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Star-studded party for Israeli president’s 90th

June 18, 2013

JERUSALEM (AP) — Israeli and global leaders, local celebrities and Hollywood superstars celebrated under one roof Tuesday to honor Israeli President Shimon Peres for his upcoming 90th birthday, reflecting world respect for one of the country’s peace pioneers.

Peres is hosting his annual Presidential Conference that brings together an array of artists, thinkers and leaders to discuss issues relevant to Israel and the world.

Instrumental in building Israel’s military in the first days of the state six decades ago, Peres served twice as prime minister and promoted peace between Israel and the Palestinians, sometimes reaching far ahead of his own people.

For his role in the landmark interim peace accord in 1993, he received the 1994 Nobel Peace Prize along with Israel’s then-Prime Minister Yitzhak Rabin and then-Palestinian leader Yasser Arafat.

His tireless campaigning for a peace agreement has won him supporters and sympathizers around the world. His last five years as Israel’s president has also gained him affection at home, absent during much of his political career.

In an event that kicked off the conference Tuesday and marked Peres’ birthday, songstress Barbra Streisand sang a prayer in Hebrew and belted out one of her greatest hits, “People,” to enthusiastic applause. Former U.S. President Bill Clinton was ushered to the stage by a quintet of saxophones.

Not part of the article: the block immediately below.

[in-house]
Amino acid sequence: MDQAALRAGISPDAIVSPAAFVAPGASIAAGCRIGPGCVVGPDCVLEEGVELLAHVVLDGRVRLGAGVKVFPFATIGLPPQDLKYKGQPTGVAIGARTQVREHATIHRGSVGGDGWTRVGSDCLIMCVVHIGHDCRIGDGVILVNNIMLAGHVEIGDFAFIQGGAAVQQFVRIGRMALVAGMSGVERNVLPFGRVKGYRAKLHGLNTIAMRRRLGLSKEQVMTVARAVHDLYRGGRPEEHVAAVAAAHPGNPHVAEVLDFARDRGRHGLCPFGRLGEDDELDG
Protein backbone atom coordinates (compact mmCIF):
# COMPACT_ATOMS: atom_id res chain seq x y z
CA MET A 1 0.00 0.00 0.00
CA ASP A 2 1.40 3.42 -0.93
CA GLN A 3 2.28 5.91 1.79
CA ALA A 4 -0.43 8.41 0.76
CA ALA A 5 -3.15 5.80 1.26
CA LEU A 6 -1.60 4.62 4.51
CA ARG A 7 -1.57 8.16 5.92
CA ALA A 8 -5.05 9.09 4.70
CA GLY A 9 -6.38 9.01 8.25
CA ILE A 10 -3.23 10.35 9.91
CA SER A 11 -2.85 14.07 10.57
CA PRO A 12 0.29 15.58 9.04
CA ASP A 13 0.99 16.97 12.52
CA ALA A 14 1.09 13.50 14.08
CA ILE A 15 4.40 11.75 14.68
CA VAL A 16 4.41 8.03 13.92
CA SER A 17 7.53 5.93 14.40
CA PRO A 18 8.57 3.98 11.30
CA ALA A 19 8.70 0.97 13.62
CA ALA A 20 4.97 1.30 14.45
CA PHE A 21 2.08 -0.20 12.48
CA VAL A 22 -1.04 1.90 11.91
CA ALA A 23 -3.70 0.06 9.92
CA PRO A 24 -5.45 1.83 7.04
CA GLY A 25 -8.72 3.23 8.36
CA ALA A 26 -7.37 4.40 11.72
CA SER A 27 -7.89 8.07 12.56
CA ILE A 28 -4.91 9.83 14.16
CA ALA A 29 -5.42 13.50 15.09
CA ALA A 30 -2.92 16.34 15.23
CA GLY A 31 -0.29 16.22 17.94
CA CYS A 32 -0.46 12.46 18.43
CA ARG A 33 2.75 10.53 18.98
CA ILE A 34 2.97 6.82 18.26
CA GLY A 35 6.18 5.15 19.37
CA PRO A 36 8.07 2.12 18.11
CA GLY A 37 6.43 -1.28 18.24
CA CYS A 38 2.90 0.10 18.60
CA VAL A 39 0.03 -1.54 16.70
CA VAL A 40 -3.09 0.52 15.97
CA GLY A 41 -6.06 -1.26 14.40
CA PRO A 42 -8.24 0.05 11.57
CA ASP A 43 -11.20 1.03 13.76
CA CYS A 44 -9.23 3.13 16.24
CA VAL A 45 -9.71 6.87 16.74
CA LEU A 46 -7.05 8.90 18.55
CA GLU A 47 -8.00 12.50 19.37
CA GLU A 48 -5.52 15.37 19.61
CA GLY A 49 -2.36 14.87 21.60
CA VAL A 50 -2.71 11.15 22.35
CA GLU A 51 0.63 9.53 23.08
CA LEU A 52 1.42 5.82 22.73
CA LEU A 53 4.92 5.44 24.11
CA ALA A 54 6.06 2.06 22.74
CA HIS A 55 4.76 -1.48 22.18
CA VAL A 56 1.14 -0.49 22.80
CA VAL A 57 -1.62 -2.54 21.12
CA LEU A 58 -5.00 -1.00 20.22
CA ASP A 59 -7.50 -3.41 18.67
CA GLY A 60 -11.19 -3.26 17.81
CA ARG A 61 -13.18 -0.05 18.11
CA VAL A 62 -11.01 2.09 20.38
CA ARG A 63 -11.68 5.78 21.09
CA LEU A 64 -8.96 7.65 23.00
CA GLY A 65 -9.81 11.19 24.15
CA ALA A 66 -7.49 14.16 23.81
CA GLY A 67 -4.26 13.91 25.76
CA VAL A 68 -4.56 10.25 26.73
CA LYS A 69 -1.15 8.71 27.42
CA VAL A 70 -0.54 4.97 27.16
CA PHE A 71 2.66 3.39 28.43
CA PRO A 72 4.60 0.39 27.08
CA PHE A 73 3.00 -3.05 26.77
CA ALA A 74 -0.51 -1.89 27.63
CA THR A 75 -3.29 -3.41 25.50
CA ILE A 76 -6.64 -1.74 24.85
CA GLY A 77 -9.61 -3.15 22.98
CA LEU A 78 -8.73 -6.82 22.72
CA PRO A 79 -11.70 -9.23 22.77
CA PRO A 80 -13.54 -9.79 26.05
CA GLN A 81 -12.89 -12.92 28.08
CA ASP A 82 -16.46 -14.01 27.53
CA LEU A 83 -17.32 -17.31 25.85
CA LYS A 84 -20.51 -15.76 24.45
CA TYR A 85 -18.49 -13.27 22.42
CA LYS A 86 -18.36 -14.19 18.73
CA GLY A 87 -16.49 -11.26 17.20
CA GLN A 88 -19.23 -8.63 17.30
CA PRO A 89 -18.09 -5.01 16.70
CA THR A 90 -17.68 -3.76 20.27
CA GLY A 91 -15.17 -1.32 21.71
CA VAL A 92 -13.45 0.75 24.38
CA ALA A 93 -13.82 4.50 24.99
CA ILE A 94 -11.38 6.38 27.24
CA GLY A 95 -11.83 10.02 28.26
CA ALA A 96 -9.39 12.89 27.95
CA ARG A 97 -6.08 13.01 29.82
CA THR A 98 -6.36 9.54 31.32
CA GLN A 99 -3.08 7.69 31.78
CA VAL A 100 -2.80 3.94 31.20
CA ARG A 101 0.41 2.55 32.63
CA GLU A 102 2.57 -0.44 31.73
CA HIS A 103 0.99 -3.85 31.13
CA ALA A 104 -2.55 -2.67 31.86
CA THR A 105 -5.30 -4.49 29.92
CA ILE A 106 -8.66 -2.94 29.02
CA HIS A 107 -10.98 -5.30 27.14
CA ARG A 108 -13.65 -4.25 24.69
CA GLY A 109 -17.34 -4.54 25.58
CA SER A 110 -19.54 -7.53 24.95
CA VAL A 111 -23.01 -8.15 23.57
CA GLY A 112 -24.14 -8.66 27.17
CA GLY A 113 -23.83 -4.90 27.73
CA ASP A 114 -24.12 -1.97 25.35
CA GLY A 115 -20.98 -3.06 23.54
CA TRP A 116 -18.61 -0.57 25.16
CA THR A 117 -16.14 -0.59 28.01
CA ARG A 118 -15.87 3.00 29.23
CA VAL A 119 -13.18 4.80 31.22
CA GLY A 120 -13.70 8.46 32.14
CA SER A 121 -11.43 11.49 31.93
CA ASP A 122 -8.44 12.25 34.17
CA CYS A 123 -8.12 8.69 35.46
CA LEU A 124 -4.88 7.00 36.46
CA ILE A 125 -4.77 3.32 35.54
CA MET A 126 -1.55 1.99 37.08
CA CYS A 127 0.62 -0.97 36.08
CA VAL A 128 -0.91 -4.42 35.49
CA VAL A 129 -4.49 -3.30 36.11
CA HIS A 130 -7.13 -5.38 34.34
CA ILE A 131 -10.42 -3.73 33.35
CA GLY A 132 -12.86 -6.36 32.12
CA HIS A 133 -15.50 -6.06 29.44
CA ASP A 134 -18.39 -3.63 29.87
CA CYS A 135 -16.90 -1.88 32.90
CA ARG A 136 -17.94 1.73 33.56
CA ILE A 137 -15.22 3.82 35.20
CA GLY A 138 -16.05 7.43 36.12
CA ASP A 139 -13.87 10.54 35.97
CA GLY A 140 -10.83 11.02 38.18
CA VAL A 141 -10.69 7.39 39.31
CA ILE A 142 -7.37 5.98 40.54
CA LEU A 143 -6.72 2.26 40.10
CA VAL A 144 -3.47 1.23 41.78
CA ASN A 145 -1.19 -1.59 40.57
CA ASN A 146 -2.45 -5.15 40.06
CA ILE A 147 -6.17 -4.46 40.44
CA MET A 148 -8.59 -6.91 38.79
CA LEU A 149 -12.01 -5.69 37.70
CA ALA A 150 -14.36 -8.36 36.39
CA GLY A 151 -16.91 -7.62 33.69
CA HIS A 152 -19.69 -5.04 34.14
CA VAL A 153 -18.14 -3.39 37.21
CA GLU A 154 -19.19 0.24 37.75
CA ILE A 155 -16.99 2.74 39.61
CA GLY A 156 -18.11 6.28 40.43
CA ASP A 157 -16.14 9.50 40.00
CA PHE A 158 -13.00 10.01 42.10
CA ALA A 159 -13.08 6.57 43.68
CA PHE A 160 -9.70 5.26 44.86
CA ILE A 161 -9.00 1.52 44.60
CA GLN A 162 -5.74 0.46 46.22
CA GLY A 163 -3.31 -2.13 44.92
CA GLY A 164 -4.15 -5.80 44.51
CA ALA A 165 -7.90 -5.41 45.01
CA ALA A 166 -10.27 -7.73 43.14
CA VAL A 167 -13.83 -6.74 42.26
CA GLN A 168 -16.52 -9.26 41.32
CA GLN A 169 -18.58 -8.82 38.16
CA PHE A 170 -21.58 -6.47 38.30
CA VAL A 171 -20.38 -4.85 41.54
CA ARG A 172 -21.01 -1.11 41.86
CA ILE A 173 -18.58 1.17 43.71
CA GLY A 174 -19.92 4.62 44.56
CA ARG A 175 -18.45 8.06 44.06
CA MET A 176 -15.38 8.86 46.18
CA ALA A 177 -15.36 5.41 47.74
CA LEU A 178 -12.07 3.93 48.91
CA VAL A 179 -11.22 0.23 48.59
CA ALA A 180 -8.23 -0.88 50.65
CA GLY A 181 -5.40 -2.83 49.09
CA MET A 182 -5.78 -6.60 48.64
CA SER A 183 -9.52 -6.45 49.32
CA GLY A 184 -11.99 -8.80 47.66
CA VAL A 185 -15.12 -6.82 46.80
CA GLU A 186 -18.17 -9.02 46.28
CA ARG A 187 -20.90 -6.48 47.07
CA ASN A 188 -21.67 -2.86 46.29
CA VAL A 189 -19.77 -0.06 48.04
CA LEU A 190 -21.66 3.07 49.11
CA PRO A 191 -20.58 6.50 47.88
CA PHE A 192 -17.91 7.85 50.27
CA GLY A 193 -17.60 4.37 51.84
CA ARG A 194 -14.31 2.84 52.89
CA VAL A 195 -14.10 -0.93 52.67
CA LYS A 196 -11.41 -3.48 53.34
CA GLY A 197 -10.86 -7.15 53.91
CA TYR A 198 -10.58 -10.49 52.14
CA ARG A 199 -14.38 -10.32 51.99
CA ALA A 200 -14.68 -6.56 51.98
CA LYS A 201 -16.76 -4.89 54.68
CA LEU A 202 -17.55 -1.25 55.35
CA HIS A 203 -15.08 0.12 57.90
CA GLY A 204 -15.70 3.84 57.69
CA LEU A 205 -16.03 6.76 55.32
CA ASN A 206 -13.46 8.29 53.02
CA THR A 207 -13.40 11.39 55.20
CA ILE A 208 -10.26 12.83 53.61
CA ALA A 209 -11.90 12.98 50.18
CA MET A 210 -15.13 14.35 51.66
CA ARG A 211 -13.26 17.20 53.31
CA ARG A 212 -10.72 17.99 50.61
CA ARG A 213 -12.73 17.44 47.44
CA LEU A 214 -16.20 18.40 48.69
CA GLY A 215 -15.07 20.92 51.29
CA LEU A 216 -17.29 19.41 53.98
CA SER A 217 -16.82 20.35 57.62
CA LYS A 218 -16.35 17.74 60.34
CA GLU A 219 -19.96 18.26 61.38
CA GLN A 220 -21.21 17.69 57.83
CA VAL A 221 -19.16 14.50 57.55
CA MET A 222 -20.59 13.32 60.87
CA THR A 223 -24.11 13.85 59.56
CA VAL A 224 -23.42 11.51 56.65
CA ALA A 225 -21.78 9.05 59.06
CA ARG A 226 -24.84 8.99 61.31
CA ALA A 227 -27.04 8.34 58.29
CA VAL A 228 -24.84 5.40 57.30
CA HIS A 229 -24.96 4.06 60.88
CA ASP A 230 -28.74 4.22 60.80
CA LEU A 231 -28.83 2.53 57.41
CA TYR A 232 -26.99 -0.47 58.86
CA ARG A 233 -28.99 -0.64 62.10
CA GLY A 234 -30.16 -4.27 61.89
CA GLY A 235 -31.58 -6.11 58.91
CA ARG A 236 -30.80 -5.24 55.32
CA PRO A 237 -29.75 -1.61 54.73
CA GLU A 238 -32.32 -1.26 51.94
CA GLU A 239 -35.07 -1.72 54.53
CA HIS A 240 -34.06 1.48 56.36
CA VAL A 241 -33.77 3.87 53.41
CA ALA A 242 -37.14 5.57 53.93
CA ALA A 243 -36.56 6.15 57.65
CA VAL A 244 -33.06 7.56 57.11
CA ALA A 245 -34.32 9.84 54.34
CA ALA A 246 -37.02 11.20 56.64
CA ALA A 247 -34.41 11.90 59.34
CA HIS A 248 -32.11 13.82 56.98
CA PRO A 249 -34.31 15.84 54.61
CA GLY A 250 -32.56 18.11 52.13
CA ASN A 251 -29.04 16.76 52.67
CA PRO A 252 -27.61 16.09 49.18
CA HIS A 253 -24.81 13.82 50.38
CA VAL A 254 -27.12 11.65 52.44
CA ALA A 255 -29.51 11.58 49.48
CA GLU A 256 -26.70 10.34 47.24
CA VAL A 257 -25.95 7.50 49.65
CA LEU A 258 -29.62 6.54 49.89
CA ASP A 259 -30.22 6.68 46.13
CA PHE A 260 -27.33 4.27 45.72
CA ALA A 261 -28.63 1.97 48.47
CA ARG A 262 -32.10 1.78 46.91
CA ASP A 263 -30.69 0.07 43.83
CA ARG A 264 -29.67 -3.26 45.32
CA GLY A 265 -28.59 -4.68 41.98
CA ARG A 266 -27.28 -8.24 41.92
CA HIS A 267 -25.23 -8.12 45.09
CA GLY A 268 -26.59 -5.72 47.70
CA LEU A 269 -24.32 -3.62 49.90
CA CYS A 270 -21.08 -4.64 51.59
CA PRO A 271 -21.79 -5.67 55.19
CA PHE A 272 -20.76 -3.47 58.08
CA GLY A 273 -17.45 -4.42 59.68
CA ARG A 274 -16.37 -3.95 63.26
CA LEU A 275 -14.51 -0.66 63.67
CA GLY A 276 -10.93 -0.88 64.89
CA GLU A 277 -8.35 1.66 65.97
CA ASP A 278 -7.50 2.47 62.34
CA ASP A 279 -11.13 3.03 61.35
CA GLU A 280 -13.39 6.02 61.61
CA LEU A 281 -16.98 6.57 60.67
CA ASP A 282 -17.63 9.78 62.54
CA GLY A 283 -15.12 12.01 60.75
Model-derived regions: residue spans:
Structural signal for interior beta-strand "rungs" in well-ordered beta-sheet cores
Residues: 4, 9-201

Leaders and public figures from around the world, including Russian President Vladimir Putin, President Barack Obama to Bono, sent their good wishes to Peres. His birthday is in August, but organizers felt it would be difficult to bring back such a star-studded, high-powered crowd so soon. The conference, held every June, is doubling as a birthday bash.

Clinton, who on Monday prodded Israelis to hasten to make peace with the Palestinians, stepped away from politics at the two-hour long celebration, choosing instead to poke fun at Peres’ age, calling him “the last living Israeli who knew King David.”

Scattered in the audience among Israeli Cabinet ministers and local clergy sat actors Robert De Niro and Sharon Stone. Rwandan President Paul Kagame sat in the front row beside former British Prime Minister Tony Blair, now an international envoy to the Middle East.

The star of the night was Streisand, dressed in a flowing black dress accented with gold jewelry. Streisand sang the Jewish prayer “Avinu Malkeinu,” which Peres called “heavenly” and gave her a long embrace and two kisses on the cheek. The prayer, which means “our Father, our King” is recited on the Jewish New Year and Yom Kippur, a day of fasting and reflection. Streisand said the prayer was meant to “cause all hate and oppression to vanish from the earth.”

Peres, who serves in a largely ceremonial position, was serenaded by local musicians and entertained by dance troupes, one of which intercut its music with inspirational quotes from the nonagenarian leader.

“We long for peace with our neighbors,” Peres said to the applauding crowd. “The yesterday between us and the Palestinians is full of sadness. I believe that the Israel of tomorrow and the Palestine of tomorrow can offer our children a ray of hope.”

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